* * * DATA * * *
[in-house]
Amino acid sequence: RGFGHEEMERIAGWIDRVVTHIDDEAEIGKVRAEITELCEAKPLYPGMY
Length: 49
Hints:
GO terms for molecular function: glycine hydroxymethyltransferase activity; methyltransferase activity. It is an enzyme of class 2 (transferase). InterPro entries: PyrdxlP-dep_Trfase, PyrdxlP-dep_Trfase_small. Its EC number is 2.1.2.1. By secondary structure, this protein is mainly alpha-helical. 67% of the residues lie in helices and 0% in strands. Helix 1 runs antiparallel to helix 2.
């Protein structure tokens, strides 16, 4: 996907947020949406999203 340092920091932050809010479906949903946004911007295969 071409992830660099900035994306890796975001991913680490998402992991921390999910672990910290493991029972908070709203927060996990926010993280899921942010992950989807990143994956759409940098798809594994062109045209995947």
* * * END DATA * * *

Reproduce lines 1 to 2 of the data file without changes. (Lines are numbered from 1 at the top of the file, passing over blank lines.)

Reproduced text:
[in-house]
Amino acid sequence: RGFGHEEMERIAGWIDRVVTHIDDEAEIGKVRAEITELCEAKPLYPGMY